From the Lithuanian

The Eastern European poets are often astonishing. Here’s one by a poet who recently died that I found odd and intriguing and kind of wonderful.

Archaeopteryx

you’re home. eating lentils. talking to your
loved one. you’re abroad. eating lentils. talking to
your loved one. you’re not yourself. you’ve been stolen.
you’re talking to your lentils. you’re not a knife, not cotton.
talking to your loved one. you forgot how to talk
and forgot how to hang in the closet. you forgot
the letter p in the receit. you’re talking to cotton.
it doesn’t answer. its life was not for you.
a lot. too much. although there is never too much.
you’re anywhere. eating lentils. talking to.
she doesn’t answer. she went everywhere you went.
she flew. when you fly—you can’t cry. you’re
talking to her. she doesn’t answer. but there were
two rooms. you didn’t know where. you went
anywhere. no one was drawing your loved one there.
just a manuscript in the bottom drawer of the desk.
and its feathers are petrified. along with two dozen
of its vertebrae. you told your loved one about this.
you ate lentils and it didn’t even rain. one hundred fifty
million years—just the blink of an eye. in your
manuscript. in the solnhofen schist.

Kęstutis Navakas
Translated from the Lithuanian by Rimas Uzgiris (from Poetry Daily)

I wonder what “you forgot /the letter p in the receit” was in Lithuanian?

A little late

Sorry this is late this week–busy with local and national activism, poetry had to wait. But this came in my email from the Writers’ Almanac this morning, and thought I’d share it. I found that George Bilgere also hosts a radio show.

Musial

WEDNESDAY SEPT. 19, 1949–Stan Musial put the redbirds closer to a pennant race. Musial made a slow start but now has a batting average above .330.
PHOTO BY FRANK JURKOSKI

My father once sold a Chevy
to Stan Musial, the story goes,
back in the fifties,
when the most coveted object
in the universe of third grade
was a Stan-the-Man baseball card.

No St. Louis honkytonk
or riverfront jazz club
could be more musical
than those three syllables
rising from the tongue of Jack Buck
in the dark mouths
of garages on our street,

where men like my father
stood in their shirt-sleeved exile,
cigarette in one hand, scotch
in the other, radio rising
and ebbing with the Cards.

If Jack Buck were to call
my father’s drinking that summer,
he would have said
he was swinging for the bleachers.
He was on a torrid pace.
In any case, the dealership was failing,
the marriage a heap of ash.

And knowing my father, I doubt
if the story is true,
although I love to imagine
that big, hayseed smile
flashing in the showroom, the salesmen
and mechanics looking on
from their nosebleed seats at the edge
of history, as my dark-suited dad
handed the keys to the Man,
and for an instant each man there
knew himself a part of something
suddenly immense,

as when,
in the old myths, a bored god
dresses up like one of us, and falls
through a summer thunderhead
to shock us from our daydream drabness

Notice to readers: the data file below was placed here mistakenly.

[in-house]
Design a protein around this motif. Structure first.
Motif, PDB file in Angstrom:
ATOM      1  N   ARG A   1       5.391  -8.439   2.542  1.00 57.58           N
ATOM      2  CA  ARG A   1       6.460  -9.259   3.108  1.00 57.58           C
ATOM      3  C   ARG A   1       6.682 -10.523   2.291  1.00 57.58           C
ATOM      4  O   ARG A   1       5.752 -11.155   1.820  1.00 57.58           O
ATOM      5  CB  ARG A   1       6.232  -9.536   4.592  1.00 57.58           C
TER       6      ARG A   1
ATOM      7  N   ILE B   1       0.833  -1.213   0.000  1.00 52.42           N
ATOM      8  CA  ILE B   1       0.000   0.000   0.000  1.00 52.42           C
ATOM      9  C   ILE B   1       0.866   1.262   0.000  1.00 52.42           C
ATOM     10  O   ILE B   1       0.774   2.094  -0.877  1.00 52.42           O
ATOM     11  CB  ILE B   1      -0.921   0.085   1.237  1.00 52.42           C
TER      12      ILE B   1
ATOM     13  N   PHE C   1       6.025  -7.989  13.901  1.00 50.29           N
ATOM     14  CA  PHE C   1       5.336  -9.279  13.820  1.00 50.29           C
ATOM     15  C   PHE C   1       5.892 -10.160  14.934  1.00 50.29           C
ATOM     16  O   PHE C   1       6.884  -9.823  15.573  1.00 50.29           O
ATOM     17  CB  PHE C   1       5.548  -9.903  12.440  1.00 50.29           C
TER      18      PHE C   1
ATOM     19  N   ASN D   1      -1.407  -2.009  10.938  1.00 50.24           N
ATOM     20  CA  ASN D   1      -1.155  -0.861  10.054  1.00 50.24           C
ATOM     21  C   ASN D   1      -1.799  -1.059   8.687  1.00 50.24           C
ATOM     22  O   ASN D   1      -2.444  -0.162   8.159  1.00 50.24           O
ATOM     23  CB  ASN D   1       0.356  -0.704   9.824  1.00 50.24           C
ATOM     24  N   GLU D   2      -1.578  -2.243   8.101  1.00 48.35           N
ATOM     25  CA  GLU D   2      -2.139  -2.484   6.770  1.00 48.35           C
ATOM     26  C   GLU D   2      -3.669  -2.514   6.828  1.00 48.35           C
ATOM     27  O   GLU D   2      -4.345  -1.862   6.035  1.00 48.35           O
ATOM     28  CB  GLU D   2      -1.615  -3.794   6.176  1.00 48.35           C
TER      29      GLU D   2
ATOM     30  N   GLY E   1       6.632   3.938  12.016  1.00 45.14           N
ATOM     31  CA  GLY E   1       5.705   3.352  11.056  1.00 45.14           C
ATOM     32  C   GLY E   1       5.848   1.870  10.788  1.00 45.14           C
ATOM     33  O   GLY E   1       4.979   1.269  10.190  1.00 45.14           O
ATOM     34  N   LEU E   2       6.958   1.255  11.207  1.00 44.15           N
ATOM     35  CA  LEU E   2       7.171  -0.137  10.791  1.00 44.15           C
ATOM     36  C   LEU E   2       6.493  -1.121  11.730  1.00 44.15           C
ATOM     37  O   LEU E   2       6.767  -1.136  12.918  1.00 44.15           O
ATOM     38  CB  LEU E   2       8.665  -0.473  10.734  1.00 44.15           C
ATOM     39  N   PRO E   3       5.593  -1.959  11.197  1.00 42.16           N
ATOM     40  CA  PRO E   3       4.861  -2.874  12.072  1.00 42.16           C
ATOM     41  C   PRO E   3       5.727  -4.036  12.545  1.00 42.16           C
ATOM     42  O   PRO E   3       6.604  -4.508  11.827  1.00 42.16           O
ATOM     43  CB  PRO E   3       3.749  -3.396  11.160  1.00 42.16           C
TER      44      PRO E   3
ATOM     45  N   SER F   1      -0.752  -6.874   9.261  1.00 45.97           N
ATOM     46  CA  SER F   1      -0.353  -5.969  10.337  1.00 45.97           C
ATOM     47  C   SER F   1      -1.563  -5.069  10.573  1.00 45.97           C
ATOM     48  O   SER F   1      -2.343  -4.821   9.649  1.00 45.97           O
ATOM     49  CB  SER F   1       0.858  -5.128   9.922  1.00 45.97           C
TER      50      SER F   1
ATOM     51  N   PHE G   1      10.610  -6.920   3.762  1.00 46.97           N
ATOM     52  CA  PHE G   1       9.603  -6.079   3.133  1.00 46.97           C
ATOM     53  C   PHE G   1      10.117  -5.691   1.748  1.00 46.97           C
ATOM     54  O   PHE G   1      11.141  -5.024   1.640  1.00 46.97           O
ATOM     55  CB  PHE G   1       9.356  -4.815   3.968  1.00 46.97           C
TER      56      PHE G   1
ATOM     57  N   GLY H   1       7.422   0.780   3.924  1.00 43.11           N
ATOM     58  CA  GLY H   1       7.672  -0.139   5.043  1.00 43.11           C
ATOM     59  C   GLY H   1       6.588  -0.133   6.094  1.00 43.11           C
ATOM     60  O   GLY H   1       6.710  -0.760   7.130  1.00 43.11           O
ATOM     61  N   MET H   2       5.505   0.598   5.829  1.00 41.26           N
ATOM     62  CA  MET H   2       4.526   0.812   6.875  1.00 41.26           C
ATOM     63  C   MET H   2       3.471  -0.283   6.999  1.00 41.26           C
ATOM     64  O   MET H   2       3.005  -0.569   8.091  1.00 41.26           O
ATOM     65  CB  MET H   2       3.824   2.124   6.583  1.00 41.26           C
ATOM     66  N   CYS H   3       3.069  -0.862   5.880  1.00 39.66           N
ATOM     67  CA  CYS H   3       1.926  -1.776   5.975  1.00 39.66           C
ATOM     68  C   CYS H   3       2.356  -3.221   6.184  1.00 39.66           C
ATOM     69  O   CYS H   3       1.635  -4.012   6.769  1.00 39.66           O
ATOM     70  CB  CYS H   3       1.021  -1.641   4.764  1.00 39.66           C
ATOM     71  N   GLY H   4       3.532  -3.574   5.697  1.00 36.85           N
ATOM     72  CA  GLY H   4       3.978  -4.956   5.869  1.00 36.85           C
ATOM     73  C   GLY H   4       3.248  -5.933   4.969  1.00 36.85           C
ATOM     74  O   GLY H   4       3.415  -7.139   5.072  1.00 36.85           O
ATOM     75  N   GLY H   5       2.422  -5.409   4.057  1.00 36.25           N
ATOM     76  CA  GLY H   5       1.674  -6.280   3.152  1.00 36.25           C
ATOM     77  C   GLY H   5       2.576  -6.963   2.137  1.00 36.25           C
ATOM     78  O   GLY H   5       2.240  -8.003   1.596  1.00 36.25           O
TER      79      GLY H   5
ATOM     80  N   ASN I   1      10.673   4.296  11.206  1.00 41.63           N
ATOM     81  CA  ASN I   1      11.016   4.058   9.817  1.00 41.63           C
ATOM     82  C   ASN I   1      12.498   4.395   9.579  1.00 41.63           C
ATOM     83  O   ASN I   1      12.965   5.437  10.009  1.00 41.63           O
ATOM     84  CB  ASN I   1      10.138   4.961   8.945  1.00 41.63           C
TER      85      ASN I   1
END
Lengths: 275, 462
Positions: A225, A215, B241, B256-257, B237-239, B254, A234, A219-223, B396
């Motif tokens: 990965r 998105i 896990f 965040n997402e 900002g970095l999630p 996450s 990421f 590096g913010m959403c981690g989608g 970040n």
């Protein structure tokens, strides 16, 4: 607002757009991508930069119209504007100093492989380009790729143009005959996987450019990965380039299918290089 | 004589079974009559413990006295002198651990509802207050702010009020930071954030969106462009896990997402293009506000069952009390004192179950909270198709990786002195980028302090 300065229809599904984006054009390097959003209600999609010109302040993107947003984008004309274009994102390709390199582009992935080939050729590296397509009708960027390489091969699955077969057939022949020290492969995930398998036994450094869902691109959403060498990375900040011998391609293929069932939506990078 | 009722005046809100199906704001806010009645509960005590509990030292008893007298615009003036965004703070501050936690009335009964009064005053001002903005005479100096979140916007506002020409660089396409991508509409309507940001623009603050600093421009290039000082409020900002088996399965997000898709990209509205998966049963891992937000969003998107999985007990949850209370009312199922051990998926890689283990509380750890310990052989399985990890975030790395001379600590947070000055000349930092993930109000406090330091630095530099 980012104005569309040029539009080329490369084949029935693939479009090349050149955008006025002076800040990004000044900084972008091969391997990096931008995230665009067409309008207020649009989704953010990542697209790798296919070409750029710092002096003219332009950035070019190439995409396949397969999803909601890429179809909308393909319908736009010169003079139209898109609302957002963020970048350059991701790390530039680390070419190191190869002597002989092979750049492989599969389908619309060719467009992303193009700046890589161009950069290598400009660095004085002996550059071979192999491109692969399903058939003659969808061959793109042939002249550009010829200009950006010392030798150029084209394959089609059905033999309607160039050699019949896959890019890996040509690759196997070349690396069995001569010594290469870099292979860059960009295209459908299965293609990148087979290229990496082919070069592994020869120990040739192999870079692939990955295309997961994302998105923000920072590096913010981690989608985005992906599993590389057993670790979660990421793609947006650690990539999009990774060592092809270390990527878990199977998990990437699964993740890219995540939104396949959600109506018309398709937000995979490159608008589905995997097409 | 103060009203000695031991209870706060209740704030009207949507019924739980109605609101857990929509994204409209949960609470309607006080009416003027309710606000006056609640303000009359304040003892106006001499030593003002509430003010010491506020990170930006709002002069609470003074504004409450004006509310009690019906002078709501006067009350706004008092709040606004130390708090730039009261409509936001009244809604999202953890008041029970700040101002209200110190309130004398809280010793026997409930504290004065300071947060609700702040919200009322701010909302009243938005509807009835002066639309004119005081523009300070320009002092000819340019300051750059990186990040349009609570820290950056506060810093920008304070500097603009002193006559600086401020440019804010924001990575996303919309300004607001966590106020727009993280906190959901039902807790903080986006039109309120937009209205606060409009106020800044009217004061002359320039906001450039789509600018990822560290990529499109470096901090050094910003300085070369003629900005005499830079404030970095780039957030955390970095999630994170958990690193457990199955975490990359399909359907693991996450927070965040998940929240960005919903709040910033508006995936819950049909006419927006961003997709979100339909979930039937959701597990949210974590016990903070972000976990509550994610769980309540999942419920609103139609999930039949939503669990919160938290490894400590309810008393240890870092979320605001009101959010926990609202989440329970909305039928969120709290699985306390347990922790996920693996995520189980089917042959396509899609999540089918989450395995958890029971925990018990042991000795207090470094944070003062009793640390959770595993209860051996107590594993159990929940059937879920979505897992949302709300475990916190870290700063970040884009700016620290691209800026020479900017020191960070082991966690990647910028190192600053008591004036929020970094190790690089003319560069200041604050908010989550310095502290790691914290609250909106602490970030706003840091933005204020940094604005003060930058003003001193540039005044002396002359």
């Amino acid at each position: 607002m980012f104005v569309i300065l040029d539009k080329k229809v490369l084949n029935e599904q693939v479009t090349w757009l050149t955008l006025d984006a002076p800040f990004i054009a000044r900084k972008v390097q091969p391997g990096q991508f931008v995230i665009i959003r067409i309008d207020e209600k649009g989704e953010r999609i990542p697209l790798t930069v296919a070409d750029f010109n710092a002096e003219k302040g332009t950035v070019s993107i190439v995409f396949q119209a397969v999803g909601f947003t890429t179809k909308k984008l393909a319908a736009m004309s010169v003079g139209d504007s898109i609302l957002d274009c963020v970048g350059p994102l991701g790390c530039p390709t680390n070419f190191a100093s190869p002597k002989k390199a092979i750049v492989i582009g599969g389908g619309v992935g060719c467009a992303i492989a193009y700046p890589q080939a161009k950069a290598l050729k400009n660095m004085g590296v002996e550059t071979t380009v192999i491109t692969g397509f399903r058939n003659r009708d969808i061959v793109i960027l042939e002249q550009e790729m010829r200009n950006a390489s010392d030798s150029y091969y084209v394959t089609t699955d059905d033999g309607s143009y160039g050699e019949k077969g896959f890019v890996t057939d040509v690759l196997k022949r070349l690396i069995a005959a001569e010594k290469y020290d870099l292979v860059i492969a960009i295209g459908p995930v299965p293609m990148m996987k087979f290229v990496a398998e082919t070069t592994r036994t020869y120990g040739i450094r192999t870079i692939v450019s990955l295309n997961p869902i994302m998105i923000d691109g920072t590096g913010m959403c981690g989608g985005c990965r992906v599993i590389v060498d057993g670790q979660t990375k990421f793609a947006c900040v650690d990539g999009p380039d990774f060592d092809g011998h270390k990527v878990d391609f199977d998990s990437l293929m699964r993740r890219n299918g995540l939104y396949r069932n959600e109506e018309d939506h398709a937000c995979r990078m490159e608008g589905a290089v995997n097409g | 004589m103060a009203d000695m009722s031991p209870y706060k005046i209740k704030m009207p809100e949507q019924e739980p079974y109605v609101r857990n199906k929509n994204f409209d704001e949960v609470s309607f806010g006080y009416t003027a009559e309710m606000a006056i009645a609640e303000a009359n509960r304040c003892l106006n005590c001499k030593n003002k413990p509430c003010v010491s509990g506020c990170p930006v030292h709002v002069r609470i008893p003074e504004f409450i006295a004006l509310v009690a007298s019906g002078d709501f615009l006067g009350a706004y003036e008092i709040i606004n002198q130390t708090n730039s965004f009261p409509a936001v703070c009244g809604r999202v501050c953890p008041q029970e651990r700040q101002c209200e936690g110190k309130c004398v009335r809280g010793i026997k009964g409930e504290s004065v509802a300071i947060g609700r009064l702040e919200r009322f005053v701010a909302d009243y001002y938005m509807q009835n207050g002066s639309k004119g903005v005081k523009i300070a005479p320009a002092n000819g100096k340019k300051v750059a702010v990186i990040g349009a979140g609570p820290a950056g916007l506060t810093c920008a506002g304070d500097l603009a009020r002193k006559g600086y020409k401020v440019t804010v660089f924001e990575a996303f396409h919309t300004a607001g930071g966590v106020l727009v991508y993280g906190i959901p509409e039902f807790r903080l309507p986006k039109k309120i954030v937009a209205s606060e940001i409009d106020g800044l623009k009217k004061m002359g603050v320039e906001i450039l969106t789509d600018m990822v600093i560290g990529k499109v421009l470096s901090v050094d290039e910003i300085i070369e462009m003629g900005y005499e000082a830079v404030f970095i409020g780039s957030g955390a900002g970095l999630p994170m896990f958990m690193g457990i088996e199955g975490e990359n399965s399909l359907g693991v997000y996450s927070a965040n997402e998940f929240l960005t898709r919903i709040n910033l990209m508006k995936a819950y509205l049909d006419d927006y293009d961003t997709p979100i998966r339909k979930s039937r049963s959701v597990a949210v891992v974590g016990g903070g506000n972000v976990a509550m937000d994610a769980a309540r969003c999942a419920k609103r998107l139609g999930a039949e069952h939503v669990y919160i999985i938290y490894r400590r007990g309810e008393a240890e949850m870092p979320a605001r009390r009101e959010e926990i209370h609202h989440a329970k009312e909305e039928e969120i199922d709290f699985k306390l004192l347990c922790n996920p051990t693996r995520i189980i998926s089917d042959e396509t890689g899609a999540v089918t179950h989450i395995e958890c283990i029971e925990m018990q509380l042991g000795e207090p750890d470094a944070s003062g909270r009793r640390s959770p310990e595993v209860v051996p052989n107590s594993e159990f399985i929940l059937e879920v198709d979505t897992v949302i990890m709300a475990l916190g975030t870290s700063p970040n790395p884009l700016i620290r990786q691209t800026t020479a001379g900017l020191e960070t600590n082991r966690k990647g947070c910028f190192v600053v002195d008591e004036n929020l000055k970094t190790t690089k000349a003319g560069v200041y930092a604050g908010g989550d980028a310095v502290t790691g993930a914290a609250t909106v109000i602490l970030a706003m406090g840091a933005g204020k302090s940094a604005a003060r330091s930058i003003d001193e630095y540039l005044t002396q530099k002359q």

with heaven’s dazzle and razzmatazz.

George Bilgere

Wait

Seeing as we all seem to be in a semi-permanent mode of waiting: waiting for life to return to normal, for the pandemic to end, for the election, for the air to be breathable again, this seemed a good time for Galway Kinnell’s poem, “Wait.”

Wait

Wait, for now.
Distrust everything, if you have to.
But trust the hours. Haven’t they
carried you everywhere, up to now?
Personal events will become interesting again.
Hair will become interesting.
Pain will become interesting.
Buds that open out of season will become lovely again.
Second-hand gloves will become lovely again,
their memories are what give them
the need for other hands. And the desolation
of lovers is the same: that enormous emptiness
carved out of such tiny beings as we are
asks to be filled; the need
for the new love is faithfulness to the old.

Wait.
Don’t go too early.
You’re tired. But everyone’s tired.
But no one is tired enough.
Only wait a while and listen.
Music of hair,
Music of pain,
music of looms weaving all our loves again.
Be there to hear it, it will be the only time,
most of all to hear,
the flute of your whole existence,
rehearsed by the sorrows, play itself into total exhaustion.

Galway Kinnell

 

And  you can hear him read it. He has such a wonderful voice: click here

Wanda Coleman

Today’s sonnet is from a series called “American Sonnets” by Wanda Coleman, that was later echoed by Terrance Hayes. I’ll publish one of his next week.  (Photo credit: Susan Carpendale)

American Sonnet 5

rusted busted and dusted

the spurious chain of plebeian events
(aintjahmamaauntjemimaondapancakebox?)

which allows who to claim the largest number of homicides
the largest number of deaths by cancer the largest
number of institutionalized men the largest number of
single female heads of household the largest number of
crimes of possession the largest number of functionally
insane the largest number of consumers of dark rum

largely
preoccupied with perfecting plans of escape

see you later alligator
after while crocodile
after supper muthafucka

Wanda Coleman